# Undefined Angle of Incidence?

## Homework Statement

A 1.0-cm-thick layer of water stands on a horizontal slab of glass. Light from a source within the glass is incident on the glass-water boundary.
What is the maximum angle of incidence for which the light ray can emerge into the air above the water?

## Homework Equations

Snell's Law: nisin$$\theta$$i = ntsin$$\theta$$t

## The Attempt at a Solution

I drew a diagram like this:

air (n = 1.00)
________________ light ray$$\uparrow$$
water (n = 1.33) light ray$$\uparrow$$
________________ light ray$$\uparrow$$
glass (n = 1.50) light ray$$\uparrow$$

The ray of light travels from the glass upward.

nglasssin90 = nwatersin$$\theta$$water

nwatersin$$\theta$$water = nairsin$$\theta$$air

Therefore, using equality of alternate angles:

nglasssin90 = nairsin$$\theta$$air

(1.50)*(sin90) = (1.00)*(sin$$\theta$$air)

Solution: undefined
What is the maximum angle of incidence if it is undefined?

Related Introductory Physics Homework Help News on Phys.org
Think about where Snell's law measures $$\theta$$ from.

Think about where Snell's law measures $$\theta$$ from.
Sorry buddy, that was no help. After spending about an hour on that problem, I think I deserve a little more than that. I don't expect anyone to DO the work for me but come on now, let's be serious.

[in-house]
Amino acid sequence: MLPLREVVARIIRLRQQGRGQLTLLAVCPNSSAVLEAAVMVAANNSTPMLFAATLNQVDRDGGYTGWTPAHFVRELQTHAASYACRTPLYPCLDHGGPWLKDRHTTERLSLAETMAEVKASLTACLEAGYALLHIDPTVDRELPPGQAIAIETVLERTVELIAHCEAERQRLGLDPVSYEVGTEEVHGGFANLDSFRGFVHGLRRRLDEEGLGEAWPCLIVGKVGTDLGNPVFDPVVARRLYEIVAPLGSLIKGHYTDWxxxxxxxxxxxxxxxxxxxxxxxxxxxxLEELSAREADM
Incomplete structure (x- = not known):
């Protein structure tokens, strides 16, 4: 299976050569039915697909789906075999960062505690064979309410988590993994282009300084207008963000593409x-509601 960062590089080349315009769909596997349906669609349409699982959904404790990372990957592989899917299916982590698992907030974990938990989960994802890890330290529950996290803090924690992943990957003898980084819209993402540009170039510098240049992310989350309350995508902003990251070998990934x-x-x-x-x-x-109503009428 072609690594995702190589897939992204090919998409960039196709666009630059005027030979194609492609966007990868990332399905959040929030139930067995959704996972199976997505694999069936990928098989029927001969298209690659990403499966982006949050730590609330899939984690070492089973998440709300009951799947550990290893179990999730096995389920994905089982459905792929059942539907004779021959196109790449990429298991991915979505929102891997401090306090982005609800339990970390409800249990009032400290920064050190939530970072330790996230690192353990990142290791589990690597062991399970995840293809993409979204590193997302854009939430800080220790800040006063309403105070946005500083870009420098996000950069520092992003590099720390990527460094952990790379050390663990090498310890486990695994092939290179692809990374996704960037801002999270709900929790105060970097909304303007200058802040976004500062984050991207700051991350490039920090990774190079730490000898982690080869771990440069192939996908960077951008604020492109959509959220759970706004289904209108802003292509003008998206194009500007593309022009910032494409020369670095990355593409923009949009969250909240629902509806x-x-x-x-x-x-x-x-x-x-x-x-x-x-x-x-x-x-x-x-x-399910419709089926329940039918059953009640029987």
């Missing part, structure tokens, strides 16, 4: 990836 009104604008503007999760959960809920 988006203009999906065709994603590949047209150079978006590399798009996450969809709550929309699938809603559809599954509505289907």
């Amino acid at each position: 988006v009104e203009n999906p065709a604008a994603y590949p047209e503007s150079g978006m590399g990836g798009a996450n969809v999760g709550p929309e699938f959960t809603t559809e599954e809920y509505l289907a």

My question is: What is the maximum angle of incidence for which the light ray can emerge into the air above the water?

Yes I am aware of that, I'm showing you what you've done wrong.
For a ray of light perpendicular to the surface, you wrote: $$n_1sin(90)$$
Why did you write sin(90)?
Think of where snell's law measures $$\theta$$ from.

Yes I am aware of that, I'm showing you what you've done wrong.
For a ray of light perpendicular to the surface, you wrote: $$n_1sin(90)$$
Why did you write sin(90)?
Think of where snell's law measures $$\theta$$ from.
If it is incident it's perpendicular and if it's perpendicular it's 90 degrees.

90 degrees from the tangent.
doesn't Snell's law measure $$\theta$$ from the normal?

90 degrees from the tangent.
doesn't Snell's law measure $$\theta$$ from the normal?
Ok, so that makes it 45 degrees?